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Why AAHA accreditation is a big deal

Since 1933, the American Animal Hospital Association has charted the course for approximately 3,700 practices to achieve accreditation

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Becoming an American Animal Hospital Association (AAHA) accredited veterinary practice isn’t about prestige—it’s about operating at a higher level, according to an article at consumersadvocate.org. The accreditation process is challenging, rigorous, voluntary, and not guaranteed. When a veterinary facility steps up to become accredited, it’s making a proclamation that the organization is committed to excellence, the article stated.

That’s not to say unaccredited practices are engaging in sub-par animal health care. However, it “raises the question of how much more successful they would be if they truly reached for their full potential by obtaining accreditation,” said Darren Taul, DVM, AAHA president elect.

Since 1933, the association has charted the course for approximately 3,700 practices to achieve accreditation.

“Accreditation is a way to force yourself to be the best you can be,” said Bo Williamson, DVM, owner of the Tennessee Avenue Hospital in Cincinnati, the oldest continuously accredited AAHA animal hospital in the world. “Owners and employees of accredited hospitals constantly look to make things better.”

Currently, only 12 to 15 percent of animal hospitals are accredited; the association wants more practices to make the commitment to achieve accreditation.

Accreditation serves two purposes. First, it recognizes and objectively certifies great veterinary practices. Second, it helps good veterinary hospitals become great ones by coaching their teams and bringing out the maximum potential/value of the practice. Many practices are poised to take that step from good to great but need the counsel and guidance that AAHA can provide.

Accreditation offers significant financial benefits for veterinarians. The annual income of full-time veterinarians at AAHA practices is 24 percent higher than incomes at nonaccredited facilities. The average transaction charge at AAHA hospitals is 12.5 percent higher than the average charge at nonaccredited hospitals. Pet owners really do pay more for quality veterinary care.

 

What do pet parents think about AAHA accreditation?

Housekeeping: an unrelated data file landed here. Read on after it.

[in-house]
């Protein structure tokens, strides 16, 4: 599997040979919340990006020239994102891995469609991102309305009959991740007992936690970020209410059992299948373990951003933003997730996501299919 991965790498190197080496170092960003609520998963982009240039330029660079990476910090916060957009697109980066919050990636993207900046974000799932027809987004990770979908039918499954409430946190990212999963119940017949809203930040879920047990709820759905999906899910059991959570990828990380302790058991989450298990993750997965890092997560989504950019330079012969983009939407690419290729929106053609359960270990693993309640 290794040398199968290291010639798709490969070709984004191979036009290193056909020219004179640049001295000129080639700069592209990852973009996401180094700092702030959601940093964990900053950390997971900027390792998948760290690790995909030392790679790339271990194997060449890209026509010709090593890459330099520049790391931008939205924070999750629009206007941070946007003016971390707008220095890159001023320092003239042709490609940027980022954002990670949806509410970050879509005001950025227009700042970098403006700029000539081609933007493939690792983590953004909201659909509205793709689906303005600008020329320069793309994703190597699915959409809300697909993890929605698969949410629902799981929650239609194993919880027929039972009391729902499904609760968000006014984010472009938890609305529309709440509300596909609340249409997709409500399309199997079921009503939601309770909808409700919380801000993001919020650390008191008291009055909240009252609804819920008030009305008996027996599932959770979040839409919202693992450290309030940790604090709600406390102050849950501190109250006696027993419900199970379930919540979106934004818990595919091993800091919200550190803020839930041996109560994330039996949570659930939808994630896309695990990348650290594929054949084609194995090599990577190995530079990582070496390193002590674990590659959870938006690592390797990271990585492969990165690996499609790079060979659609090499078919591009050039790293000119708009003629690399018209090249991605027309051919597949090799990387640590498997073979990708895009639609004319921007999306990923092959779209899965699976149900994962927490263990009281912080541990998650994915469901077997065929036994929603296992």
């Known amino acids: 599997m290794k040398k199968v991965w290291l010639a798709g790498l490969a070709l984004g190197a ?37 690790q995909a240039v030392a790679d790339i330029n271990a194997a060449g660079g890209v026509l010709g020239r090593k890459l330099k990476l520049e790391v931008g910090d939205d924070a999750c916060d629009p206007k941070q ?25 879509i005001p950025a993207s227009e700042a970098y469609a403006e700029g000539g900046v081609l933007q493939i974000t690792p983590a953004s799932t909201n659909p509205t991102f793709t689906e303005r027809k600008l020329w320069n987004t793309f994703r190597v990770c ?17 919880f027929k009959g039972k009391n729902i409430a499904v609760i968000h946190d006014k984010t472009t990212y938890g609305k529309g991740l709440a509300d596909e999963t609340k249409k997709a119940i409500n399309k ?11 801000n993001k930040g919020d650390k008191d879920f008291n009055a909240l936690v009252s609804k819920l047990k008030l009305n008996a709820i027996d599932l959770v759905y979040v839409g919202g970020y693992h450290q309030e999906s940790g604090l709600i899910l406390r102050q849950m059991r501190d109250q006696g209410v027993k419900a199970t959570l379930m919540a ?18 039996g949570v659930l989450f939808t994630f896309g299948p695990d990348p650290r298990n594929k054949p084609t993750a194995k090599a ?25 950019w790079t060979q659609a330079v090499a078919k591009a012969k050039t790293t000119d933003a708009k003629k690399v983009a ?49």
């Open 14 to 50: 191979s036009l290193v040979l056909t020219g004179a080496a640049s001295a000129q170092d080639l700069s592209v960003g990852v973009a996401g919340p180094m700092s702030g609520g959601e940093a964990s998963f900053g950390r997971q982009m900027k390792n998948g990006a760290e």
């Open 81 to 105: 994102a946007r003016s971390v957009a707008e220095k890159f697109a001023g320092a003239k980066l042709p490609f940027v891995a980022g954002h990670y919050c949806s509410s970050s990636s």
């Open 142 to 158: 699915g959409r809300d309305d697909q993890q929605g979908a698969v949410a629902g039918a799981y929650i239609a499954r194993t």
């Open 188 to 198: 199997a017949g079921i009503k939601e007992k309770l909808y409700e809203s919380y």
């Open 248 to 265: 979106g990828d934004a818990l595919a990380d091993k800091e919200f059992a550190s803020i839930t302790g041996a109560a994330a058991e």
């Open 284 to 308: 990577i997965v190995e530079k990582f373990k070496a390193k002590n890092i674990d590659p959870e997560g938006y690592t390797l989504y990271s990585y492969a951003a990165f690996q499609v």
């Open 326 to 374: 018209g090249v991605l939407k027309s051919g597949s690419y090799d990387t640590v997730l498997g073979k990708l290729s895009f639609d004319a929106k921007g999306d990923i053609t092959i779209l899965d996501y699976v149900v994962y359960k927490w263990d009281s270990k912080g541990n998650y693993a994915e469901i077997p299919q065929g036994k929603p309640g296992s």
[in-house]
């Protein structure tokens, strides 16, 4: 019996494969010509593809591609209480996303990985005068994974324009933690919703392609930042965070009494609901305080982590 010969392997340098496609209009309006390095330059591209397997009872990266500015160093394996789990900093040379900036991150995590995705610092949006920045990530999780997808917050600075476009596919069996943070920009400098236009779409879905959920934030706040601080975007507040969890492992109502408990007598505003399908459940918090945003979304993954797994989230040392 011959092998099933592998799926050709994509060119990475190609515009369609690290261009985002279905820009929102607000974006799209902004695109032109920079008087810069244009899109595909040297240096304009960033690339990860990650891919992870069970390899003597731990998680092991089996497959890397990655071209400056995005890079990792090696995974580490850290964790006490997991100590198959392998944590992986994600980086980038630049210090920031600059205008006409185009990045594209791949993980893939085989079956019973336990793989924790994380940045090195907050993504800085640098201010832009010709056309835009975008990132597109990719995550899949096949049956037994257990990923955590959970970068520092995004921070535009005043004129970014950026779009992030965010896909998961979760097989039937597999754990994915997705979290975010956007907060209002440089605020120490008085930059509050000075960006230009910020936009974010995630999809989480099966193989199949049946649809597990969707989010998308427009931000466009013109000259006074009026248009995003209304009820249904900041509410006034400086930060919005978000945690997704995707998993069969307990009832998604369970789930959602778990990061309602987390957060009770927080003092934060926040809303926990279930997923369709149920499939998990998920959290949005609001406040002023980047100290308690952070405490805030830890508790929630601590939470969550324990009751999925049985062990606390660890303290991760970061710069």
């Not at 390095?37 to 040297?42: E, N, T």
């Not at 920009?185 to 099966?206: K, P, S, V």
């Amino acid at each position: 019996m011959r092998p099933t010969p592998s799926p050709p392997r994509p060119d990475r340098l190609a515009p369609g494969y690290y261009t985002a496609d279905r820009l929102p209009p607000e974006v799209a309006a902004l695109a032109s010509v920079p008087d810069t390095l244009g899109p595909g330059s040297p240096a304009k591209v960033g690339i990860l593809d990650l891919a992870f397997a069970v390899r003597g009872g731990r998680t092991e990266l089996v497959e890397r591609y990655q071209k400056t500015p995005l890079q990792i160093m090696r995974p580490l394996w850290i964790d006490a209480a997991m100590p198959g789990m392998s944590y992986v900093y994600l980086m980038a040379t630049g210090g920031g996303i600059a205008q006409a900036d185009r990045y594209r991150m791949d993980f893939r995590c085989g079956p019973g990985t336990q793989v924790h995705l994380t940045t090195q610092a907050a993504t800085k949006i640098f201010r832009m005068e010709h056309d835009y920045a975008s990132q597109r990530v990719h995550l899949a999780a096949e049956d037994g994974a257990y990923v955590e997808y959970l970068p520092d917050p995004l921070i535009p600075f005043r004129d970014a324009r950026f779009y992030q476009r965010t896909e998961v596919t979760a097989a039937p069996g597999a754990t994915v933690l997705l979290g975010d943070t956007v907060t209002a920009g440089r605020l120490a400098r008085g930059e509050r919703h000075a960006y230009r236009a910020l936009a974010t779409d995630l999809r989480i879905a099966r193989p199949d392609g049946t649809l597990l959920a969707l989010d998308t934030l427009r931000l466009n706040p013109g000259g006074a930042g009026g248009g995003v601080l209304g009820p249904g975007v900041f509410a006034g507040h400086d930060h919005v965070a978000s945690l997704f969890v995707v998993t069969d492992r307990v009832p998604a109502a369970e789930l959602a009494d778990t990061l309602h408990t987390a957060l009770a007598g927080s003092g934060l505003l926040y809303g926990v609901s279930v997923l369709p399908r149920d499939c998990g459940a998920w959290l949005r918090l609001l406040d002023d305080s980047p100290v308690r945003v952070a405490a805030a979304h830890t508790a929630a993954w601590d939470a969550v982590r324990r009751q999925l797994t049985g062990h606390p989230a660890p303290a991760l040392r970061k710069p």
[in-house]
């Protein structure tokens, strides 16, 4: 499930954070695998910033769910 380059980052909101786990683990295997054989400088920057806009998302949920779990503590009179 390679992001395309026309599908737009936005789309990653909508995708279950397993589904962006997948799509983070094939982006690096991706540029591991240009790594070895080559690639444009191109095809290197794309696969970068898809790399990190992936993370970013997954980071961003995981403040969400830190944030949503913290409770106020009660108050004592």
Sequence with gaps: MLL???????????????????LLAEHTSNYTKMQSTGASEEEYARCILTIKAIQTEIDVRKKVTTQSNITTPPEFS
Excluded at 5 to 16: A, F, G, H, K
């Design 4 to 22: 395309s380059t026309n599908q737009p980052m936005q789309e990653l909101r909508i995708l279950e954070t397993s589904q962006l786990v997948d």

A 2016 study from Trone Brand Energy found that pet owners overwhelmingly are attracted to AAHA-accredited animal hospitals.

  • 85 percent of pet owners would choose an AAHA-accredited hospital over a nonaccredited one;
  • 58 percent are willing to pay more for to use an accredited facility; and
  • 63 percent would drive farther to get treatment at an accredited practice.
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(Read the full study here.)

 

Why do some veterinary practices choose accreditation?

Mike Cavanaugh, DVM, DAVBP, AAHA CEO, believes that the journey to accreditation effects a significant change in the morale and cohesion of a veterinary facility’s personnel.

It means they “care enough to be their very best on behalf of their patients, their clients and their staff,” said Dr. Cavanaugh. “I often hear about the wonderful outcome of a hospital team working together to achieve accreditation and the bonding and team-building that results when they successfully achieve their shared goal of accreditation.”

There are other benefits to accreditation as well, according to Mark McConnell, BVMS, MRCVS, AAHA president.

“Some choose [to become accredited] because they want the structure and assistance in running a practice,” he said. “Others want the best for their patients, and AAHA provides resources for the practice team to deliver the best medicine. Some want a recruitment tool to attract skilled and dedicated employees who want to practice with high standards.”

To learn more about the path to accreditation, the association’s more than 900 standards of care for accreditation, vaccination guidelines, its role in the human-animal bond, the association’s future, and its new Connexity 2018 conference, read “AAHA: The League of Champions” at consumersadvocate.org.

 

 

One thought on “Why AAHA accreditation is a big deal

  1. My poodle diagnosed with Cushings, diabetes, pancreatitis, ear and eye infection. 6 months ago. Since he had one symptom freq urination and was. Feeling good, lively for a 10 yo, I am questioning especially the Cushings . (No symptoms). Was put on Vetoryl. Do not like him to be on this chemotherapy drug. I accept the diabetes Given 6 units insulin q 12 hours. No ketones showing. Blood sugar +1. Weaning him off Vetoryl very slowly

    Need a second opinion and also new vet. Have copy of his labs.

    Sincerely, Nancy White. RN retired

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